Just 30 minutes of moderate physical activity five days a week — a total of 150 minutes a week — has been linked to reduced risk of heart disease and death, according to a major international study published last week in the journal The Lancet.
And the risk drops even further as people increase their physical activity.
But most important, the study also found that a wide variety of physical activity — doing housework or walking to the bus stop or engaging in manual labor at the workplace — is beneficial for the heart.
In other words, you don’t have to train for a marathon or join a gym.
This isn’t the first study to show an association between regular physical activity and a reduced risk of heart disease. But earlier research was mostly conducted in high-income countries, where people engage in recreational exercise. The current study included people from lower-income countries, where exercising for leisure is less common but daily living involves considerable physical activity — on the job, in the home and just getting around from place to place.
The researchers wanted to see if such day-to-day activities could also benefit the heart.
Heart disease is a major global health concern. As background information in the study points out, it is the leading cause of premature death worldwide, and most of those deaths — 70 percent — occur in middle-income and low-income countries.
In recent decades, deaths from heart disease have been falling in the United States and in other high-income countries. They have been rising, however, in middle- and low-income countries — by 41 percent between 1990 and 2013.
The current study, known as the Prospective Urban Rural Epidemiologic (PURE) study, involved more than 130,000 people aged 35 to 70 from urban and rural areas in 17 countries: Canada, Sweden and the United Arab Emirates (high income); Argentina, Brazil, Chile, Poland, Turkey, Malaysia and South Africa (upper-middle income); China, Colombia and Iran (lower-middle income); and Bangladesh, India, Pakistan and Zimbabwe (low income).
None of the participants had heart disease at the start of the study.
The participants filled out a detailed questionnaire, which included questions about how much activity they did and whether it was recreational or nonrecreational (having to do with transportation, housework or a job).
The activity was categorized into three physical activity groups: low (less than 150 minutes of moderate physical activity a week), moderate (150-750 minutes of moderate activity a week) and high (more than 750 minutes of moderate activity a week).
Many health organizations, including the World Health Organization (WHO) and the U.S. Centers for Disease Control and Prevention (CDC) recommend that adults aged 18 to 64 do some kind of physical activity for at least 150 minutes a week.
The researchers followed the participants for seven years. The researchers tracked all heart-disease-related “events,” including heart attacks, strokes and heart failure. They also recorded deaths, from heart disease as well as from other causes.
An analysis of all the data revealed a strong association between heart disease and physical activity. Among the people who were physically active for at least 150 minutes a week, 3.8 percent developed heart disease within the seven years of the study. That compared to 5.1 percent of the people who did not meet that minimum level of activity.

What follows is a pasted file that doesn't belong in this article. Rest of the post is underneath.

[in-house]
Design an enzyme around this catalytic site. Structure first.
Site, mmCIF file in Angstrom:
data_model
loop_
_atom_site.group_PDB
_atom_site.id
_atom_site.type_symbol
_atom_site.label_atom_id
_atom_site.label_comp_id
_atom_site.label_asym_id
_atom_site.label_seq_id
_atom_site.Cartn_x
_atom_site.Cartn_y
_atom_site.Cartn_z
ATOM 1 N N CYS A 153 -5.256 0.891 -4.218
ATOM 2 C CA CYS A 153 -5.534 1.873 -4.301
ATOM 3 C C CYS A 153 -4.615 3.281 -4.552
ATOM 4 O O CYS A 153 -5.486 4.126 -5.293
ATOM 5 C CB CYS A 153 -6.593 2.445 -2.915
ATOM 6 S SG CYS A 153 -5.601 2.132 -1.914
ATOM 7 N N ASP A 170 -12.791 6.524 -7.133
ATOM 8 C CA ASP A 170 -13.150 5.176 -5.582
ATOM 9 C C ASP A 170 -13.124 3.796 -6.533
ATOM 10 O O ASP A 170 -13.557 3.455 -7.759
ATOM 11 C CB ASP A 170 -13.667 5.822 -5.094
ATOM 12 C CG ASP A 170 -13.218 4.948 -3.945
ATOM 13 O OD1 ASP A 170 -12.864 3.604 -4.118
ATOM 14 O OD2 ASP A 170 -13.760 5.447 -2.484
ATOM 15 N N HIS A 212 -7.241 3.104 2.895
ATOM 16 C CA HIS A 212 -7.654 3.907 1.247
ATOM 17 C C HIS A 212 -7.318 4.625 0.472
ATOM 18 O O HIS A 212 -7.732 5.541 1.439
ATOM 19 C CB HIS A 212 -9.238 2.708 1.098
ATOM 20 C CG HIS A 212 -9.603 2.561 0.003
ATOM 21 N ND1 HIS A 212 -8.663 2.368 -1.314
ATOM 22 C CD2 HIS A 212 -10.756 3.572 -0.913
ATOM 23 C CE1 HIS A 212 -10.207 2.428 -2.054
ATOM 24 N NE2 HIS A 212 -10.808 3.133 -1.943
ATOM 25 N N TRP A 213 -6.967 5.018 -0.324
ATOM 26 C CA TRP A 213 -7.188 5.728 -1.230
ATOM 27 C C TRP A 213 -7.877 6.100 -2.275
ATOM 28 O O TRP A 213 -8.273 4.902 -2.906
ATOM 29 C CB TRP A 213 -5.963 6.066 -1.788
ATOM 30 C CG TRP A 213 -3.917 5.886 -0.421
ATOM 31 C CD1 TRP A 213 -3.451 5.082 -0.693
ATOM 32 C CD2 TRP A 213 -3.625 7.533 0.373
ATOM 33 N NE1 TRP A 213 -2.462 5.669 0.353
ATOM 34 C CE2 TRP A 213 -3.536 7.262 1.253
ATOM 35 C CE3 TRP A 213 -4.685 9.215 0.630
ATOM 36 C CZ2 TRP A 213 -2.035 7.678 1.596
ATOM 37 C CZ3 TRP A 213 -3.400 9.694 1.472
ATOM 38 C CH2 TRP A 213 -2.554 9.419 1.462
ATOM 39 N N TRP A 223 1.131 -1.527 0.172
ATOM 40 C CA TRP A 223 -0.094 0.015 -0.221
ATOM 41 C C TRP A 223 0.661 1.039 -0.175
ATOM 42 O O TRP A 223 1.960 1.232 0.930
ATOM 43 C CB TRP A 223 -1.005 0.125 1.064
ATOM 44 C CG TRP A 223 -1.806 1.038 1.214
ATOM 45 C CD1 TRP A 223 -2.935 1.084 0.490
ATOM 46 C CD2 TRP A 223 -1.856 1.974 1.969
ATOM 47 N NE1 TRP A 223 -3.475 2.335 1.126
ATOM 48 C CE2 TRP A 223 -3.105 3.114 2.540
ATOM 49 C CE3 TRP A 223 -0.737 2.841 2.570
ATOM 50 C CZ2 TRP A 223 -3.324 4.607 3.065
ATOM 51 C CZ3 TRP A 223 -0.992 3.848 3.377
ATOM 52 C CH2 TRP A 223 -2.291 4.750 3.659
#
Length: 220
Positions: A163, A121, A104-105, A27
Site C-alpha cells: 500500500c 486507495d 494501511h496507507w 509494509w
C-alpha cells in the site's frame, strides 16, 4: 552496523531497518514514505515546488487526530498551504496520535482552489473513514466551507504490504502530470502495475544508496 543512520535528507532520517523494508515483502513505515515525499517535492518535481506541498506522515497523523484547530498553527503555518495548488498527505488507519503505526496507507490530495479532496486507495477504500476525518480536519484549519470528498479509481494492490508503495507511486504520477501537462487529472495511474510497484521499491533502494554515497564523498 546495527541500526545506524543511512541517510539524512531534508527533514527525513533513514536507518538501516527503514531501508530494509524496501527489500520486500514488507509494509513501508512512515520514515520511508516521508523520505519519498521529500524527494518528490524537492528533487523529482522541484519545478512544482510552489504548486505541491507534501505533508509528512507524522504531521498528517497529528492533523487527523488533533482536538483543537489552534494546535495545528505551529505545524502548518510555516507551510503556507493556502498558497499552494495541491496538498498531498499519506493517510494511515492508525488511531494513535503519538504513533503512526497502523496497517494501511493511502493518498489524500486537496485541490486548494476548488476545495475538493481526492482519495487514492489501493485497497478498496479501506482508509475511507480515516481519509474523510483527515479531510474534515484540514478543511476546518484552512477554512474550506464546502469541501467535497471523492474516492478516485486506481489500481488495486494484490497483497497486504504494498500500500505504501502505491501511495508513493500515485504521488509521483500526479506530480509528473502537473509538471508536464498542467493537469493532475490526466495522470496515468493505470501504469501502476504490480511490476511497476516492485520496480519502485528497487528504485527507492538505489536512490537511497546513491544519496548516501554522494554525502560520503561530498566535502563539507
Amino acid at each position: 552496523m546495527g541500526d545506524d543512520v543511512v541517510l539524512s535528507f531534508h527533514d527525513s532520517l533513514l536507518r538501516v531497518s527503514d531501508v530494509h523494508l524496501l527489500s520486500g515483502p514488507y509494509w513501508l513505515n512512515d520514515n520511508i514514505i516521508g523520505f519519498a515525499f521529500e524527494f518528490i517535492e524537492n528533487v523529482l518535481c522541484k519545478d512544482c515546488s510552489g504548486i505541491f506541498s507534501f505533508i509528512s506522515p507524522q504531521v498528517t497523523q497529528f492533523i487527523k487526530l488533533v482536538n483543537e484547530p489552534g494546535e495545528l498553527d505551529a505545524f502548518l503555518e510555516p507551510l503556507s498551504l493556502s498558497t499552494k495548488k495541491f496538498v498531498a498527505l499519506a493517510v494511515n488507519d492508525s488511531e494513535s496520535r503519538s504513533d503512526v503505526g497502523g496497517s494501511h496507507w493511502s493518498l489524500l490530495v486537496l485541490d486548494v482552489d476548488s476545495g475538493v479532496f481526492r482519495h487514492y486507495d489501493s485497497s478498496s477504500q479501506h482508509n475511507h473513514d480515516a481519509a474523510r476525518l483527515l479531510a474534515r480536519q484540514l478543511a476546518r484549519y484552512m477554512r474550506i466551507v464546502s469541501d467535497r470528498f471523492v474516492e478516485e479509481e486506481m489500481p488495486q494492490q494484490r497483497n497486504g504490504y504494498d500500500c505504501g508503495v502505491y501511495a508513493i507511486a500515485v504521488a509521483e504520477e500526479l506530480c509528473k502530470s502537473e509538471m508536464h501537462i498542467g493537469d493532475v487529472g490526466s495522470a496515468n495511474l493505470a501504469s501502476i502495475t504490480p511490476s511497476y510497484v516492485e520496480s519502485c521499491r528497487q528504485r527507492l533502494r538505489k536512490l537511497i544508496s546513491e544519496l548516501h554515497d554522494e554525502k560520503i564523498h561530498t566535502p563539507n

People who did not meet the minimum amount recommended activity were also more likely to have died within the study period: 6.4 percent compared to 4.2 percent for people who did.
These risks and benefits were seen across all countries.
The researchers estimated that if everyone met physical activity guidelines, 8 percent of deaths (equivalent to around one in 12 cases) and 4.6 percent of heart disease cases (almost one in 20 cases) could be prevented.
They also estimated that if everyone became highly active (completing more than 750 minutes of physical activity a week), 13 percent of deaths (around one in 8 cases) and 9.5 percent of cardiovascular disease cases (around 1 in 10) could be prevented.
But becoming highly active requires more than doing an after-work run or workout at the gym.
“Our study found that high physical activity was only possible in people who completed physical activity as a form of transport, part of their job or through housework — with 37.9% people who acted in this way attaining this level of activity, compared to 2.9% who were only physically active in their leisure time,” said Scott Lear, the study’s lead author and a professor of health sciences at Simon Fraser University in Vancouver, Canada, in a released statement.
“This reflects the challenge of trying to be highly active during limited daily leisure time outside of work and domestic duties,” he added.
A major caveat
This study is observational, which means it can’t prove that physical activity was the direct reason people who exercised were less likely to develop heart disease. Furthermore, the study relied on people reporting their personal activity levels, and such reports can be inaccurate.
Still, the findings support those from many other studies on the topic — and they reinforce the idea that any type of physical activity is good for the heart.
“Increasing physical activity is a simple, widely applicable, low cost global strategy that could reduce deaths and CVD in middle age,” the study’s authors conclude.
FMI: You’ll find the study on The Lancet’s website. You’ll find information on how to incorporate more physical activity into your daily life on the National Heart, Lung and Blood Institute’s website.